The HTML accesskey attribute is a global attribute and specifies a shortcut key for activating/focusing a specific element. The attribute value should consist of one printable character.
In HTML4.1, the accesskey attribute can be only used with the following elements: <a>, <area>, <button>, <input>, <label>, <legend>, and <textarea>.
In HTML5, this attribute can be used with any element.
The way of accessing the shortcut key varies from browser to browser.
When there is more than one element having the same accesskey, the behavior of the browser differs:
- Google Chrome and Safari: The last element having the accesskey will be activated.
- Opera: The first element having the accesskey will be activated.
- Mozilla Firefox: The next element having the accesskey will be activated.
Besides poor browser support, there are other concerns with the accesskey attribute:
- An accesskey value may cause some problems connected with assistive technology functionality, or a system and browser keyboard shortcut.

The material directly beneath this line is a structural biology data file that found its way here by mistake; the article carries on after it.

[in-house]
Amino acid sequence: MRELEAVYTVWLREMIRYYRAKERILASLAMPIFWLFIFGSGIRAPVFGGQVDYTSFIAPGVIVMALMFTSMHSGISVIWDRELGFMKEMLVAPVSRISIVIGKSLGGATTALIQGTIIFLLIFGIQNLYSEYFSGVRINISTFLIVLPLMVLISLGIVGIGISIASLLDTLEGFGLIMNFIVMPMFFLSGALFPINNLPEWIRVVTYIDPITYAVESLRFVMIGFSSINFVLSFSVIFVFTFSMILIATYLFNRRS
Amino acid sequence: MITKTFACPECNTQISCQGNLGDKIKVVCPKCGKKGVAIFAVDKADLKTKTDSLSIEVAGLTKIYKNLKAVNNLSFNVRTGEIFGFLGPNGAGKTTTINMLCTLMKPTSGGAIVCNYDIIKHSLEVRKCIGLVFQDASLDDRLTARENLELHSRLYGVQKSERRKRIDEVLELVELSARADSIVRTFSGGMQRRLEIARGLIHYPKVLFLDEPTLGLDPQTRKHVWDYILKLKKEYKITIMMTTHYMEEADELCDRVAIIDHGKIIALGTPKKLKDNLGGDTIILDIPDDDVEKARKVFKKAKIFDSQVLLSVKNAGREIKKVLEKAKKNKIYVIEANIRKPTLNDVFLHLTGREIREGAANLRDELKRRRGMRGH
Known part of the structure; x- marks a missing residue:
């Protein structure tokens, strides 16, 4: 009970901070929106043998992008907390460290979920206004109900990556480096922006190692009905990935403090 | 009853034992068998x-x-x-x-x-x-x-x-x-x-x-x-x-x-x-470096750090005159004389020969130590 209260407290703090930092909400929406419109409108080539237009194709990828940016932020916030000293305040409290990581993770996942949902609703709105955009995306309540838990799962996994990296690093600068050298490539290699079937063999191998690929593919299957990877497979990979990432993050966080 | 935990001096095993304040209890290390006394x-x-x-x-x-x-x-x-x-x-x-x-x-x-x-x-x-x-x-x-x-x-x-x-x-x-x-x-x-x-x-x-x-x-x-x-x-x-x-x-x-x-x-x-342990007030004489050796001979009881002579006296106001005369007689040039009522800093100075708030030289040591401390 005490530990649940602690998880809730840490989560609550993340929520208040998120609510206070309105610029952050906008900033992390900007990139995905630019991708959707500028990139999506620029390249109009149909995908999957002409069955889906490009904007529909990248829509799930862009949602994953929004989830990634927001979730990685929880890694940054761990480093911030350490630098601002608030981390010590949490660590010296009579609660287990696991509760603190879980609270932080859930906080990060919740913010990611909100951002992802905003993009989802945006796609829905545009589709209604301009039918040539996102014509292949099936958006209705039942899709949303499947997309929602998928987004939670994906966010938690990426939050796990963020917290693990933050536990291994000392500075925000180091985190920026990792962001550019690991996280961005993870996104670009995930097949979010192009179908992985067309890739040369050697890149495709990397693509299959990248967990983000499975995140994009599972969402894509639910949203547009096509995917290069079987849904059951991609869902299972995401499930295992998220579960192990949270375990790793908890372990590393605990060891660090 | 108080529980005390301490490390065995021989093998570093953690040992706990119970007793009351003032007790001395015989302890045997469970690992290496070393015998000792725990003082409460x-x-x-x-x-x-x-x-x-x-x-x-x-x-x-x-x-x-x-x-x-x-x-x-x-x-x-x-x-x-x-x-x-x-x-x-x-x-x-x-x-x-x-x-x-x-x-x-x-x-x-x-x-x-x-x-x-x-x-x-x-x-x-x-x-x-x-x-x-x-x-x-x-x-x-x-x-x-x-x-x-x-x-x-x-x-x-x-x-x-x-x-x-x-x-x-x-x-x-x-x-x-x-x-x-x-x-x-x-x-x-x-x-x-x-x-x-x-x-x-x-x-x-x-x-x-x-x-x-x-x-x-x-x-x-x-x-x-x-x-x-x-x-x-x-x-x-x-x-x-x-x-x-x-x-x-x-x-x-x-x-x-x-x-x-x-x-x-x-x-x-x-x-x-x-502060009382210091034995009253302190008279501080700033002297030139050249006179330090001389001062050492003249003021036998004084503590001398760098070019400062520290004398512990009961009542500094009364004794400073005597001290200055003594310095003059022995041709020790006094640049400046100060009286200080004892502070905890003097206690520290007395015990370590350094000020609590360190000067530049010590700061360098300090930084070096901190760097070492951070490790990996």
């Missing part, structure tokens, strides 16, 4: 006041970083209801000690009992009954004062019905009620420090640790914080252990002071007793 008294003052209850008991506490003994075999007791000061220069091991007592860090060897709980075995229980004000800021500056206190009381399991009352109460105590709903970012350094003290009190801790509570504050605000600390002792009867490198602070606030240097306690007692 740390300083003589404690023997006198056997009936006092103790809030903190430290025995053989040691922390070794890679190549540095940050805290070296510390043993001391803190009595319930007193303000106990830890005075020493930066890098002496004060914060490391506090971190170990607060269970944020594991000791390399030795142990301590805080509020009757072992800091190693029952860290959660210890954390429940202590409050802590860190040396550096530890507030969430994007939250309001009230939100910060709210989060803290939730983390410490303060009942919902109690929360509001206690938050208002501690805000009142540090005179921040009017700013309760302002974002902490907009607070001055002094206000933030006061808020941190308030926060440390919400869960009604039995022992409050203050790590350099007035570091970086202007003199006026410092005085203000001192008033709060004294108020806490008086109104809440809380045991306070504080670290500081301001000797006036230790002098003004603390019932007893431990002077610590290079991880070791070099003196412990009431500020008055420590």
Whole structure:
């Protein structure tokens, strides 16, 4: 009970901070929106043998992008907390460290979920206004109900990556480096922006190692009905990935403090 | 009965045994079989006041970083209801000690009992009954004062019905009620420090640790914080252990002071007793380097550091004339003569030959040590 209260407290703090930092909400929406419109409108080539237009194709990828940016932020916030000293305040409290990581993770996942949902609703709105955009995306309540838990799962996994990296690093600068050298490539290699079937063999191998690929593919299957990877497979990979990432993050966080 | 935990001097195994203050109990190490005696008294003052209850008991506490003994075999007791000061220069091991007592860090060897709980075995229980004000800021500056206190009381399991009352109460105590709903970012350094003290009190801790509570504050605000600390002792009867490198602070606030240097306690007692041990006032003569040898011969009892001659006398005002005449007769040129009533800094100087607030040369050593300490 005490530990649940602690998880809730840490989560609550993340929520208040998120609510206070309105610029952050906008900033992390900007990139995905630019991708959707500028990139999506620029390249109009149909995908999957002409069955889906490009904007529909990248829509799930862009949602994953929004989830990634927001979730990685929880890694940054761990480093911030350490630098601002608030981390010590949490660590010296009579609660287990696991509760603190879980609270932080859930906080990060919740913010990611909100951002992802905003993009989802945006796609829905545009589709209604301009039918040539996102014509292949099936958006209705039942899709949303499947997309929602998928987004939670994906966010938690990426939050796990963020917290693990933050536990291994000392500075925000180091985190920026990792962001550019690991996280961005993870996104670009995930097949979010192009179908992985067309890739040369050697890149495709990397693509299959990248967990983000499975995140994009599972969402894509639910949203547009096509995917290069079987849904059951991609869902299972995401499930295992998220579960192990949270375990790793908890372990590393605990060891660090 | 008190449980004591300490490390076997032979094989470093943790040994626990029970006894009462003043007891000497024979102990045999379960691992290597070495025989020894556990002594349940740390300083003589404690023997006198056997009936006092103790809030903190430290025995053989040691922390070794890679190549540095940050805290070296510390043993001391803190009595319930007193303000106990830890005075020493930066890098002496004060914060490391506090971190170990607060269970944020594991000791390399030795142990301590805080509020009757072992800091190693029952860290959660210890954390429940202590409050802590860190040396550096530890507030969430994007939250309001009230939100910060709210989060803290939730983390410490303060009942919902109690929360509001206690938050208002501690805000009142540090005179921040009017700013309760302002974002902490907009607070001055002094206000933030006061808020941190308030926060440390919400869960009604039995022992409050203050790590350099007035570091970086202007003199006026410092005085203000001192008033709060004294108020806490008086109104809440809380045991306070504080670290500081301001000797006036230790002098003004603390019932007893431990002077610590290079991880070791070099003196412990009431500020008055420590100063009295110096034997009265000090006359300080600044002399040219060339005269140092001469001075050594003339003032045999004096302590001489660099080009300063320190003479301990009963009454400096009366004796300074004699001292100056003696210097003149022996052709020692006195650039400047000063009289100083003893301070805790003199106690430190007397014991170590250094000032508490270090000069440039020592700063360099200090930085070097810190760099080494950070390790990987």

- Some accesskey value may be missing on some keyboards, in particular when there is a matter of internationalization.
- An accesskey value consisting of numbers may be unclear to those with cognitive concerns.
For these reasons, it’s recommended not to use accesskey for multi-purpose websites and web apps.
Example of the HTML accesskey attribute:
<html> <head> <title>Title of the document</title> </head> <body> <a href="https://www.w3docs.com/learn-html.html" accesskey="h">HTMLonline tutorial</a> <br/> <a href="https://www.w3docs.com/learn-css.html" accesskey="c">CSS online tutorial</a> <br/> <a href="https://www.w3docs.com/learn-git.html" accesskey="g">GIT online tutorial</a> <br/> <p>Chrome, Safari, Opera 15+: [ALT] + <strong>accesskey</strong></p> <p>Firefox: [ALT] [SHIFT] + <strong>accesskey</strong></p> <p>Opera prior version 15: [SHIFT] [ESC] + <strong>accesskey</strong></p> </body> </html>